41 Pages Posted: 3 Oct 2006
Date Written: October 1, 2006
This paper examines the law and social psychology of the "Wonderlic Personnel Test" ("the Wonderlic") administered to prospective National Football League ("NFL") players. It specifically examines whether "stereotype threat" is apparent among players taking the Wonderlic, and the potential legal implications of such a finding.
Stereotype threat reflects the behavioral effects that result from an individual's belief and fear that his actions will confirm a negative stereotype of a group to which he belongs. Stereotype threat typically manifests in anxiety, which can impair performance and trigger a self-fulfilling prophecy: because of stress related to his or her group membership, the person underperforms, thereby unintentionally corroborating the underlying group stereotype.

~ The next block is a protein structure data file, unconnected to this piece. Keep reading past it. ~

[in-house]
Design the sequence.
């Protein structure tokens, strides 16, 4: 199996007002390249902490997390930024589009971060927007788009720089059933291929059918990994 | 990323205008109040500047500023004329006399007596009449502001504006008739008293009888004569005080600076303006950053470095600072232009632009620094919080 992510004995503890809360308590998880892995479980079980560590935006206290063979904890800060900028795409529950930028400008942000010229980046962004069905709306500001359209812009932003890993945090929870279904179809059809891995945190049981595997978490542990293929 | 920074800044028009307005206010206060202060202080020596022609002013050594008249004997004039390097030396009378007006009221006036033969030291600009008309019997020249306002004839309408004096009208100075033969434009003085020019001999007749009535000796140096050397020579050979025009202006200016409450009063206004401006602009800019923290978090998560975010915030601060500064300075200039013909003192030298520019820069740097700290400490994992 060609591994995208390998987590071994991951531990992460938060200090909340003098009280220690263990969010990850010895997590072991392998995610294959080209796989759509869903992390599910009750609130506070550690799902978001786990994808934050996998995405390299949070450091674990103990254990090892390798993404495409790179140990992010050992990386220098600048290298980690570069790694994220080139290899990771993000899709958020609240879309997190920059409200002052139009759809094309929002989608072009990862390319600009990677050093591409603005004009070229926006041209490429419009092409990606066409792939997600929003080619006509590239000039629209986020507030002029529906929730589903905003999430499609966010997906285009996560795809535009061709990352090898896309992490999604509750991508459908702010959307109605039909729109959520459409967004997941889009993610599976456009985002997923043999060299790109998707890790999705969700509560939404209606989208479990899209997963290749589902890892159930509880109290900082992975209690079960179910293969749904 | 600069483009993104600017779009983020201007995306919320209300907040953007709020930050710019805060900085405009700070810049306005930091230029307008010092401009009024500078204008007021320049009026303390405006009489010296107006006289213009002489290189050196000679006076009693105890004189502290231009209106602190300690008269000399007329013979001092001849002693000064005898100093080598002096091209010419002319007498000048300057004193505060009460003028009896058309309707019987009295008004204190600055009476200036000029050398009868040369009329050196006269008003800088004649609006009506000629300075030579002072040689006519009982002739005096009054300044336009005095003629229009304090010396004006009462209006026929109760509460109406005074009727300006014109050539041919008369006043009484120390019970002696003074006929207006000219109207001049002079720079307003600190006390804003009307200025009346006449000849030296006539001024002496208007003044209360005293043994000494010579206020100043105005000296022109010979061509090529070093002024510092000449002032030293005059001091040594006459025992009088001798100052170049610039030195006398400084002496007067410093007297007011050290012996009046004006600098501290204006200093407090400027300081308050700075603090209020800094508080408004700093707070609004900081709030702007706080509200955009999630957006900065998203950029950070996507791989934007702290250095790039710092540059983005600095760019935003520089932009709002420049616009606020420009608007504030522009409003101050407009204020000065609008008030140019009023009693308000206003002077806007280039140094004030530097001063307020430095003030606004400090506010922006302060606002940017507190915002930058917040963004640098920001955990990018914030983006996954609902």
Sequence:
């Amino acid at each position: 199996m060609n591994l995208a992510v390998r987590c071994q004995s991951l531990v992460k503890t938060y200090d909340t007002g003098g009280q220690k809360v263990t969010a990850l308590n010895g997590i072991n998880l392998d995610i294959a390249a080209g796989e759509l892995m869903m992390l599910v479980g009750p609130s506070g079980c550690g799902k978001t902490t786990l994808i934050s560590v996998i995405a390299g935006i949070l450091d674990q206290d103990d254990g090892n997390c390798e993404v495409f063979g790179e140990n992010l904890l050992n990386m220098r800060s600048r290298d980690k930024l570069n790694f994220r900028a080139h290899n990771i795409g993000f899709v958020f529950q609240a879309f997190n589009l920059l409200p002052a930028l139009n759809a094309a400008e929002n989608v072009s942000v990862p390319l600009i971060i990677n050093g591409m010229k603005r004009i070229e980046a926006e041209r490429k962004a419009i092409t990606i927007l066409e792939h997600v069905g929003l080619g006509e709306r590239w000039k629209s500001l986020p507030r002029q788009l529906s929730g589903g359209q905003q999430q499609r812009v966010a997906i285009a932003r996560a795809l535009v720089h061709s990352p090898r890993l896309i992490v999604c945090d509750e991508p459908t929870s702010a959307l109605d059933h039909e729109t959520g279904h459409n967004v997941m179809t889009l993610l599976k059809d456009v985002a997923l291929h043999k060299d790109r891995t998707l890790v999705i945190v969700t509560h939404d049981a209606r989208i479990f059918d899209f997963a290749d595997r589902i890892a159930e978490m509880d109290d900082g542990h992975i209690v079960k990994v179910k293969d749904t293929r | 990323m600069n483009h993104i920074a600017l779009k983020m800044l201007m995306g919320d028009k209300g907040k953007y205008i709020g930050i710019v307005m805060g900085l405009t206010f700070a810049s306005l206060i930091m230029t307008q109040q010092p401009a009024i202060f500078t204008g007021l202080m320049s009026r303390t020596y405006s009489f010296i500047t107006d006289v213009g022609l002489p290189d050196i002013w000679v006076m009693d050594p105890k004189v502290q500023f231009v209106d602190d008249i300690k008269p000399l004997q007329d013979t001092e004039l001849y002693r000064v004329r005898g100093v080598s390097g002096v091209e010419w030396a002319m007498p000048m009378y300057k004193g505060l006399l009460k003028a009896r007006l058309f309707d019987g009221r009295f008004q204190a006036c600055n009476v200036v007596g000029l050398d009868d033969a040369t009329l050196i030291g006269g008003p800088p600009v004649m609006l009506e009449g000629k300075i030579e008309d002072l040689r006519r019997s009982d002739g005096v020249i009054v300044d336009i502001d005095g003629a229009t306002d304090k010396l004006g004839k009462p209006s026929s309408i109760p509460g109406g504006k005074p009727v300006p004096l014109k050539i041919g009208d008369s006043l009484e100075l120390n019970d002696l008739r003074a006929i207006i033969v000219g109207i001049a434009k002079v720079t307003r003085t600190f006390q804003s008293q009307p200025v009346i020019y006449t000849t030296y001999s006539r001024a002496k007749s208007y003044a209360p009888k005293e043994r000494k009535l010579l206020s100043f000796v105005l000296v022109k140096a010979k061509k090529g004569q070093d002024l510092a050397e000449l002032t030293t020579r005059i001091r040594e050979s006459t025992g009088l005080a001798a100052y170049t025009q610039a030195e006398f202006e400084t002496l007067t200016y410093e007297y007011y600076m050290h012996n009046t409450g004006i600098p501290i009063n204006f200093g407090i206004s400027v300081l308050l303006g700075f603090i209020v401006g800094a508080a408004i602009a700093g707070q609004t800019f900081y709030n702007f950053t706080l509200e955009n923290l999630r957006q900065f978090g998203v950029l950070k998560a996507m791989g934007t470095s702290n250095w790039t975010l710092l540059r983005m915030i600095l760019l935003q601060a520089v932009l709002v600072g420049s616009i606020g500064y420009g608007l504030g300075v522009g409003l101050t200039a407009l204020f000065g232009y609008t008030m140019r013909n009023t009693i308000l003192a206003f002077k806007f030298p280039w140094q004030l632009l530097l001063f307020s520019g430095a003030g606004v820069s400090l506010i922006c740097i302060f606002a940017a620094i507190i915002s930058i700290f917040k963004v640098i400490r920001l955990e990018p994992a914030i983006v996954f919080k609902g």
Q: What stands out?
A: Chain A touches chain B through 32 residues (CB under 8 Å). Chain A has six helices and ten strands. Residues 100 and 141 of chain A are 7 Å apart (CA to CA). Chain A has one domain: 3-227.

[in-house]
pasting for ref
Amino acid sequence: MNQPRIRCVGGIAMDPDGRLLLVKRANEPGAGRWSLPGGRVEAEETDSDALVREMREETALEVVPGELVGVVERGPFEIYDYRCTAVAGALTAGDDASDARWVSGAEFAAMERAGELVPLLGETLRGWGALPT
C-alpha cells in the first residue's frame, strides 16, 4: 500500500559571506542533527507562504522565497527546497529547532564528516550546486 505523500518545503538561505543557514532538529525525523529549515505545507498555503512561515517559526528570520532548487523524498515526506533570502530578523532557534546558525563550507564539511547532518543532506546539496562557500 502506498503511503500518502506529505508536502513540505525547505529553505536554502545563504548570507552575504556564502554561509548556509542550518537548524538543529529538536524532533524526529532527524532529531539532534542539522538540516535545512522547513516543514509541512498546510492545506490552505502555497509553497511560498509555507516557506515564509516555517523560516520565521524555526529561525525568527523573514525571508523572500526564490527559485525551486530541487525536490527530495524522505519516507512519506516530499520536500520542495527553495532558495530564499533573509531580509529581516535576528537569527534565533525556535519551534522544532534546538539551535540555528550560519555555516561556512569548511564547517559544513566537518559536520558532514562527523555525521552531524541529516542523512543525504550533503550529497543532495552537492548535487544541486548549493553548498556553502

With recent empirical data indicating that the Wonderlic is not predictive of NFL performance, the potential presence of stereotype threat among football players taking the Wonderlic invites a wide-range of legal and social questions.
Suggested Citation: Suggested Citation
McCann, Michael, The Wonderlic Test for the NFL Draft: Linking Stereotype Threat and the Law (October 1, 2006). Available at SSRN: https://ssrn.com/abstract=934307 or http://dx.doi.org/10.2139/ssrn.934307